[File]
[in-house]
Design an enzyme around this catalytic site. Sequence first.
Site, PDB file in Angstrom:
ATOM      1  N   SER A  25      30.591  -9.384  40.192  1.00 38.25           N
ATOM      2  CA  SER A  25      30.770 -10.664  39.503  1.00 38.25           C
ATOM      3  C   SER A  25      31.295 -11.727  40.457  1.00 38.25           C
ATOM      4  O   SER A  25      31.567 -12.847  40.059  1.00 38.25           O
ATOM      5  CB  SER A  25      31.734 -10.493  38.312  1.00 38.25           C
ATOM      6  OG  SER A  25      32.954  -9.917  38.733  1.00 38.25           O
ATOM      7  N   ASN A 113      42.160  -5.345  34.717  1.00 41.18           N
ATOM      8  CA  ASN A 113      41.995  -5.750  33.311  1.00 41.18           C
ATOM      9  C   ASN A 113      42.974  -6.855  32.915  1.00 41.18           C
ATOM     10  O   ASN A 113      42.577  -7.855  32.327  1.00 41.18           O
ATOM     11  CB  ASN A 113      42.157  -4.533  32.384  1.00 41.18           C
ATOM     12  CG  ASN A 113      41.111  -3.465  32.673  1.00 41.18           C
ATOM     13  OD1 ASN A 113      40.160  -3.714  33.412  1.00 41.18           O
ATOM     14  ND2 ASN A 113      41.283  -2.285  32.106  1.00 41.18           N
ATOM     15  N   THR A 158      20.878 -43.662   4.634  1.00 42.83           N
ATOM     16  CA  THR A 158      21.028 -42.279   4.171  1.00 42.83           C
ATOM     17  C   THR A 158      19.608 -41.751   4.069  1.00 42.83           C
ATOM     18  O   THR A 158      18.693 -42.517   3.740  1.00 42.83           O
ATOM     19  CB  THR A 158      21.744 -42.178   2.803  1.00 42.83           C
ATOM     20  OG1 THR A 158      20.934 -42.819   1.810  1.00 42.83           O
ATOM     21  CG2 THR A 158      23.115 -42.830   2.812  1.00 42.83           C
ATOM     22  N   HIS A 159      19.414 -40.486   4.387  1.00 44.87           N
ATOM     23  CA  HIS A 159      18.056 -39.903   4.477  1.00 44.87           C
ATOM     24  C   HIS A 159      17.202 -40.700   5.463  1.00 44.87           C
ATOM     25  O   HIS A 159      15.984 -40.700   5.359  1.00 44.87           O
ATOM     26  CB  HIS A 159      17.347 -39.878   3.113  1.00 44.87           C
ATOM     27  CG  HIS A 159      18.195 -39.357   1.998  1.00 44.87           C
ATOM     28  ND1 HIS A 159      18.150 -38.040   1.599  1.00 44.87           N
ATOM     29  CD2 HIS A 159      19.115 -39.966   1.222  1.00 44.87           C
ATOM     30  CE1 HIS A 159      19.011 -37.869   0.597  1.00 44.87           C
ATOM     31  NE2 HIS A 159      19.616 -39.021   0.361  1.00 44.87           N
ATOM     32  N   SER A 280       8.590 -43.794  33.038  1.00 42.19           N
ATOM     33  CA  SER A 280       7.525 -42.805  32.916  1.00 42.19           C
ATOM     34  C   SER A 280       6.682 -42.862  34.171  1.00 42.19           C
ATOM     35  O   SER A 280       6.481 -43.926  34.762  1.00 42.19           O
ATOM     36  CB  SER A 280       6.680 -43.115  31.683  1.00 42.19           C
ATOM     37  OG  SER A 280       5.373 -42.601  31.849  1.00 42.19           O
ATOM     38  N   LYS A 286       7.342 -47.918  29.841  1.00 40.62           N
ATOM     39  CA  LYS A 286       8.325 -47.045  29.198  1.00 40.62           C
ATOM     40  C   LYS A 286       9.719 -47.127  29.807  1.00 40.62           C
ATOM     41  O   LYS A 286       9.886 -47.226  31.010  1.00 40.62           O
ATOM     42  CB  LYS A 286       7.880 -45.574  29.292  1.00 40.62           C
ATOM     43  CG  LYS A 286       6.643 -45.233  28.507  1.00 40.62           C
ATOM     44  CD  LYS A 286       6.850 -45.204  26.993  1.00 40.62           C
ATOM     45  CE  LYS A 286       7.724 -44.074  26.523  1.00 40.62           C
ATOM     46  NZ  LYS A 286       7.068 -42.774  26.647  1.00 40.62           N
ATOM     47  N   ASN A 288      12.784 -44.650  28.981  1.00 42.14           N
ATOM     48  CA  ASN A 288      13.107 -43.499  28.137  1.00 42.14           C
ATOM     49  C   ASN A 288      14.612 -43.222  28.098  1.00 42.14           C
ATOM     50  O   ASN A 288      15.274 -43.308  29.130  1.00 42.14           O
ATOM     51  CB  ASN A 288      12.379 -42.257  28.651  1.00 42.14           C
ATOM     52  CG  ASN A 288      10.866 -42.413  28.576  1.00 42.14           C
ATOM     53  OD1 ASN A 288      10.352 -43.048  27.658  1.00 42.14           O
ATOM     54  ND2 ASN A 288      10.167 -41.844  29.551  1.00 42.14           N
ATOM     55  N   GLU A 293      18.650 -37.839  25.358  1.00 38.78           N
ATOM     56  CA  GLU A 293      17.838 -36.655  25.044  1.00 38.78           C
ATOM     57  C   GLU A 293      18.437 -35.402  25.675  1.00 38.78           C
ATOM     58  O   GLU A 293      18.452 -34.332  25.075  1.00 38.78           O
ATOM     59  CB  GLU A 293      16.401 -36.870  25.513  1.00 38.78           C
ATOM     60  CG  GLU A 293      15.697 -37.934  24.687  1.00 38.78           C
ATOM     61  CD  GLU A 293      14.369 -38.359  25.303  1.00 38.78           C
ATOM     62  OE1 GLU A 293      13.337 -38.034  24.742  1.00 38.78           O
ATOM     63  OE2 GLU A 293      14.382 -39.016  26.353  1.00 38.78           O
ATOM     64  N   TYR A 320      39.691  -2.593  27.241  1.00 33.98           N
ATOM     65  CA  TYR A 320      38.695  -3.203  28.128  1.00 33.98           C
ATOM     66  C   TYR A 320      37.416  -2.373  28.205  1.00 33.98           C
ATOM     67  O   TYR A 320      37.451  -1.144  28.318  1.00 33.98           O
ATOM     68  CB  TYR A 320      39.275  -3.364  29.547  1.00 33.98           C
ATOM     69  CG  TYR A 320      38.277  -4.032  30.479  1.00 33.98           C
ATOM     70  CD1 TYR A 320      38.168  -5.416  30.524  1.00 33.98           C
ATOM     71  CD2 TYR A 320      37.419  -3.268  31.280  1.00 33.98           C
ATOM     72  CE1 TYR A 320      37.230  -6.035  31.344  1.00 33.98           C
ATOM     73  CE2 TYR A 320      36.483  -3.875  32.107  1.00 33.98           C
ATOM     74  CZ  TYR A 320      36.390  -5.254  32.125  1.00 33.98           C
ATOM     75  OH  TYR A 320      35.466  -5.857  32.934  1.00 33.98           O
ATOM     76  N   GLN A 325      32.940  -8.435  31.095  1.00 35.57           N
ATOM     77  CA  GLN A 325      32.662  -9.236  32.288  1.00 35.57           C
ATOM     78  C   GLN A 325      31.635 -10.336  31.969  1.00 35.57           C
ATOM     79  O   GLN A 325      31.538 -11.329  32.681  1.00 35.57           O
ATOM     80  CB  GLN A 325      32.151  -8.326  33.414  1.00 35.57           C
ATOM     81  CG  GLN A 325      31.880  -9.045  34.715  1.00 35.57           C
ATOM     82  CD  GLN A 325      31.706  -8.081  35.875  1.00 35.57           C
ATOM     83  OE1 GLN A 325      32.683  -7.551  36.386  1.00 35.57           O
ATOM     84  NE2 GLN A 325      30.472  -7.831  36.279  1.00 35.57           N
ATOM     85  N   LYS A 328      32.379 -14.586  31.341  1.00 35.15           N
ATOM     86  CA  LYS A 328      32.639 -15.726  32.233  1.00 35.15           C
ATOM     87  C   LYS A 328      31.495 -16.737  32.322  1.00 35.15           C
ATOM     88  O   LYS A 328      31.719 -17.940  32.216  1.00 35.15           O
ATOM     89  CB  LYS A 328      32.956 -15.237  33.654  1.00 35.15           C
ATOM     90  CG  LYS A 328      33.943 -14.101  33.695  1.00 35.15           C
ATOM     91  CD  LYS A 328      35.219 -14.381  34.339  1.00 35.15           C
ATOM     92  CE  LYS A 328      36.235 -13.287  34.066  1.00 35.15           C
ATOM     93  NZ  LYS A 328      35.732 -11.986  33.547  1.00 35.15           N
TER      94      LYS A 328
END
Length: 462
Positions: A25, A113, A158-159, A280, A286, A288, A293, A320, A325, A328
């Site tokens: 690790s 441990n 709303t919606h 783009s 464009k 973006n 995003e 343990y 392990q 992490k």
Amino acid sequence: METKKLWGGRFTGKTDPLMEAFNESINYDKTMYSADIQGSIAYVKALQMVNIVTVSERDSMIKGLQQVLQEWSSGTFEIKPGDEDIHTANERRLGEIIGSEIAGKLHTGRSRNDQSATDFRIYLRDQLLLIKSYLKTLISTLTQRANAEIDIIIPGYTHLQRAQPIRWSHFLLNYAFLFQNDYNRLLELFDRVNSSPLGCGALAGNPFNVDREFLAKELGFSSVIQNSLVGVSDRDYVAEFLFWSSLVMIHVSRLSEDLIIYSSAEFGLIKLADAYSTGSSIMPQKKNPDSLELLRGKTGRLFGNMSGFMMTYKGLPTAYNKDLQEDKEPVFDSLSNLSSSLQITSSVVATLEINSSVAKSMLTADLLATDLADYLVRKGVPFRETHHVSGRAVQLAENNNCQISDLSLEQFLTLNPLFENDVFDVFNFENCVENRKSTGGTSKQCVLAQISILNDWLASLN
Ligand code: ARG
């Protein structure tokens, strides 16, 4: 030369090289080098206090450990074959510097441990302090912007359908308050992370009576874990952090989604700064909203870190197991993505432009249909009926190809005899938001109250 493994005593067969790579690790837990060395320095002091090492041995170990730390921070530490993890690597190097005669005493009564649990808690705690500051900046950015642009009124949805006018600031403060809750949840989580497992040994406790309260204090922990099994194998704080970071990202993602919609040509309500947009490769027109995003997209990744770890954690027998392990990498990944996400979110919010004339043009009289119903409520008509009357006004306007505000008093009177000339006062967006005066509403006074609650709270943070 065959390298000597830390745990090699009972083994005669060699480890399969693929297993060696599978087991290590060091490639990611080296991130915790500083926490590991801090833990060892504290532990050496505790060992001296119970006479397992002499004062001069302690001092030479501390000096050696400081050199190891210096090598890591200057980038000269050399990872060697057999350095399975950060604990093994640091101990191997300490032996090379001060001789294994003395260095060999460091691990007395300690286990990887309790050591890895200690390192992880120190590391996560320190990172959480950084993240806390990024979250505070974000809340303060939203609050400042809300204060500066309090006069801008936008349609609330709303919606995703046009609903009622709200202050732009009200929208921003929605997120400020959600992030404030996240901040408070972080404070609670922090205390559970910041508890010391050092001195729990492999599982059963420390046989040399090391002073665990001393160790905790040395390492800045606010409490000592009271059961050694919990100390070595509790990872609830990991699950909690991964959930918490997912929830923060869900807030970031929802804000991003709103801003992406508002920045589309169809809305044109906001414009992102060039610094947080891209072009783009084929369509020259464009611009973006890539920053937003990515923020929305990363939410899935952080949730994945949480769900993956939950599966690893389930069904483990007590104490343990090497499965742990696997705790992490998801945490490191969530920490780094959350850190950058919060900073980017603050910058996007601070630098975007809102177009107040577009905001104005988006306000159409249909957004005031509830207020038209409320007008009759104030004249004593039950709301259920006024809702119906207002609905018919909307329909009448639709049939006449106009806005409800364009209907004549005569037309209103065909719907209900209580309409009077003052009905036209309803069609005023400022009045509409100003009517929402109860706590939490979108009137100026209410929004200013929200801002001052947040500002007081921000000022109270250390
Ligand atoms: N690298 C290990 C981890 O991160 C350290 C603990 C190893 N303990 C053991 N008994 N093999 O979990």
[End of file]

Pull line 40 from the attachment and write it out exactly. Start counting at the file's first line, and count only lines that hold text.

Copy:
ATOM     37  OG  SER A 280       5.373 -42.601  31.849  1.00 42.19           O